by Lillian Csernica on April 29, 2022
I don’t understand the fascination some men have for sport fishing. I get the whole Man vs. Nature thing, but what I don’t understand is why some men are willing to sit out there in a lawn chair, in a rowboat, in one of those special chairs on a special boat meant just for fishing, or on a splintered bench covered in sea gull poop out on the wharf. What is so enthralling about sitting there for hours watching the water, waiting for your bobber to go under or your line to jerk? It can’t be the suspense, because I’ve done this myself and aside from fishing aboard a boat, I was bored out of my mind. Of course, I was thirteen at the time. If my father hadn’t allowed me to bring books along, I probably would have refused to go altogether.
By that time my parents were divorced, so on one visitation weekend my father announced that we were going on a fishing trip. Given that we were city people, I assumed that meant standing on the end of the local pier again. Daddy and some people from where he worked had gotten together and rented a boat that would take all of us to the Four Mile Banks off Laguna Beach down in Southern California. I was always up for going somewhere I hadn’t been before, so this fishing trip started to look like more of an adventure. Daddy said we had to pack our gear the night before and get the car ready, because we’d be up before daylight to catch the boat called the Dos Equis and motor out to our fishing spot.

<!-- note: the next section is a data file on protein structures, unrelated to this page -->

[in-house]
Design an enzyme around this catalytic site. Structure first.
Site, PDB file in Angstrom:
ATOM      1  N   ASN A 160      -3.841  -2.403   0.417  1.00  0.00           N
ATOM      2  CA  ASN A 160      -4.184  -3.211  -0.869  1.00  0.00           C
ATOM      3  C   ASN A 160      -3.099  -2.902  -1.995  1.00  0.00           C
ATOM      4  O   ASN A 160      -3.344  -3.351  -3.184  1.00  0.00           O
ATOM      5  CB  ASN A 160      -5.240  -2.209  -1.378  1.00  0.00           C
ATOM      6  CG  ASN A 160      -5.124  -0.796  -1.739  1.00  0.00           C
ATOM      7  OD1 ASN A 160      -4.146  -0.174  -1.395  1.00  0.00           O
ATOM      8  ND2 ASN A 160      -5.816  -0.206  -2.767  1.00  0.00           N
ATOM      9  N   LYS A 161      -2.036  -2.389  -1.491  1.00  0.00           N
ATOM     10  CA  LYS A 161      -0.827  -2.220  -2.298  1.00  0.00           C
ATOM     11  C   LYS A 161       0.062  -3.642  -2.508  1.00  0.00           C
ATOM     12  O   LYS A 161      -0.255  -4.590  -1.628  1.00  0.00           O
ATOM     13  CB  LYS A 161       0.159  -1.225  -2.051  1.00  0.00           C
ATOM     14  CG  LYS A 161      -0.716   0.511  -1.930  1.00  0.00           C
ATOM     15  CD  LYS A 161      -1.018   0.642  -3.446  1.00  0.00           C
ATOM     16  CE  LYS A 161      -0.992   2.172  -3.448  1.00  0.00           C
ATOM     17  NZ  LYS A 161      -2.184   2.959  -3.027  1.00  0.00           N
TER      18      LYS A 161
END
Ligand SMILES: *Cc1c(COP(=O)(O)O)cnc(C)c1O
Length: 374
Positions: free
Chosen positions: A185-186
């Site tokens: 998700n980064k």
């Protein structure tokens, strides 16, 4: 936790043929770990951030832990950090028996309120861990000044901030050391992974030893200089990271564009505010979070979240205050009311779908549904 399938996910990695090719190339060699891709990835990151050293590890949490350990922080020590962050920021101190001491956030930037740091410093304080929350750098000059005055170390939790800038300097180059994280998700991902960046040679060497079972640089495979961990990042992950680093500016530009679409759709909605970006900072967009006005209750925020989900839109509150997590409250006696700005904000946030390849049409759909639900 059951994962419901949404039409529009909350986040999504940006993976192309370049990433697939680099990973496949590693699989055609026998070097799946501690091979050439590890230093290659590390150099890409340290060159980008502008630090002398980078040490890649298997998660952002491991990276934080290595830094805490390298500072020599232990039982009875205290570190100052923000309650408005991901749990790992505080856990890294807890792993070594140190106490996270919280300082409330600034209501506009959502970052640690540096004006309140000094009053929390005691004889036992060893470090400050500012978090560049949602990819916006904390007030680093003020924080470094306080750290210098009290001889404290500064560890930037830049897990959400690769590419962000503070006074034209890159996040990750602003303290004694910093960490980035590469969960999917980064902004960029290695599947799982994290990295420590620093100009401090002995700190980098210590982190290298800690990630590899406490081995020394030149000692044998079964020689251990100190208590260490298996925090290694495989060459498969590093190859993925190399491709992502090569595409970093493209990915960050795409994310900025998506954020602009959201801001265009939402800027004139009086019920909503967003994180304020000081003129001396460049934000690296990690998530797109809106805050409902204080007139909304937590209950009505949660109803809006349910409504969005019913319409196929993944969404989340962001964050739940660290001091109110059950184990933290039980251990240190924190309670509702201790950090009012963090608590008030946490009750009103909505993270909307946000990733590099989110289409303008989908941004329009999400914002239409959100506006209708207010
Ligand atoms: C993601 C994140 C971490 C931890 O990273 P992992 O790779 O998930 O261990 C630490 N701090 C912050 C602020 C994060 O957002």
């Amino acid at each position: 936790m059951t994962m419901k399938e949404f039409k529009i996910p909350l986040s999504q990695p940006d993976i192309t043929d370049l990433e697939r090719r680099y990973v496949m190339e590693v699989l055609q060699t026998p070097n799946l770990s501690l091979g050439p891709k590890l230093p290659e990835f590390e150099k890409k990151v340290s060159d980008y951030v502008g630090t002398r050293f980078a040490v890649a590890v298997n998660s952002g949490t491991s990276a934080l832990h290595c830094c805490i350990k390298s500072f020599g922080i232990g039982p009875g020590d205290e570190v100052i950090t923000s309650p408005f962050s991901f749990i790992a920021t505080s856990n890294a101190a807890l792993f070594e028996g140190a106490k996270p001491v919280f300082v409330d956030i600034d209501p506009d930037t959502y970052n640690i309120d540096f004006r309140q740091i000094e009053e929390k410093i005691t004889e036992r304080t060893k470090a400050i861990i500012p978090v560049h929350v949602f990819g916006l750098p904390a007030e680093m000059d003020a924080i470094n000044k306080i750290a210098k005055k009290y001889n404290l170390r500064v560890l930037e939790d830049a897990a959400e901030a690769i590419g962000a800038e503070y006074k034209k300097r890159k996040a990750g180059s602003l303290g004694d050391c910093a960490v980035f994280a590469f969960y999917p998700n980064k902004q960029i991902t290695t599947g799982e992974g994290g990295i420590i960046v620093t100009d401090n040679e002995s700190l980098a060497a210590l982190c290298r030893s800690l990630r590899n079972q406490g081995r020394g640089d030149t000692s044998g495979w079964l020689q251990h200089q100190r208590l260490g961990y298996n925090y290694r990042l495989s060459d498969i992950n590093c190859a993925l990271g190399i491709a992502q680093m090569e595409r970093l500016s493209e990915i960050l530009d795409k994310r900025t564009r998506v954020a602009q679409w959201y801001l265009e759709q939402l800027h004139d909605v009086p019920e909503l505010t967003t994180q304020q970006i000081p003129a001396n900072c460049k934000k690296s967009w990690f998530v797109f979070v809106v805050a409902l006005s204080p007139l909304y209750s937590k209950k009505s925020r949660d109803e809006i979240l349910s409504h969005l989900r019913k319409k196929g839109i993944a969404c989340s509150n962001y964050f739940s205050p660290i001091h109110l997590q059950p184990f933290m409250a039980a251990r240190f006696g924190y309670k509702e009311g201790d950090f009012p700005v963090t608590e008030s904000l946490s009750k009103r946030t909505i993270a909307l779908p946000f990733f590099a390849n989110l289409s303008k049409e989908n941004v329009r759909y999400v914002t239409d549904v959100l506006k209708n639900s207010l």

My father worked for a defense contractor, so the people in the group on the boat were also of military or scientific backgrounds. One man I talked to was a chemical engineer. I didn’t really know what that meant, and the problem was I couldn’t ask him because what he did was classified. Little did I know that ten years later I’d be married to a software engineer who would tell me the same thing. Due to his security classification, I never have known exactly what my husband does for a living!
When Daddy enjoyed doing something, he tended to do it over and over again. That’s I got to see Evita twice. I think we went out on the Dos Equis a total of three times. I remember the captain as being a very nice man, silver-haired and tanned really dark from being out in the sun all the time. He liked having me on board. He thought I was good luck. Every time we went out, I caught the first fish, and it was usually a good one. On our first trip, I caught a shark about as long as my forearm. The shark had green eyes! Beautiful peridot green. The captain asked me if I wanted to keep it as part of our catch. I didn’t want such a beautiful creature to die, so I asked him to throw it back. Soon after found a school of mackerel. Every time I cast my line I got a hit. That made me wonder about magic creatures, granting wishes, and good luck.
The one drawback to my good fortune was the fact that my father’s co-workers weren’t entirely happy to have me aboard. I suppose having a kid around put a bit of a damper on their fun. I can’t recall how I found out about the real problem. Other people in the fishing group were making side bets on who would catch the most fish, what kind, in what time period, etc. Having me on board skewed the odds. The people doing the betting thought my good luck somehow extended itself to my father. On our second trip aboard the Dos Equis he caught a sheep’s head. That is one ugly fish, as big as I am from shoulder to hip. It had four teeth as broad and thick as human molars!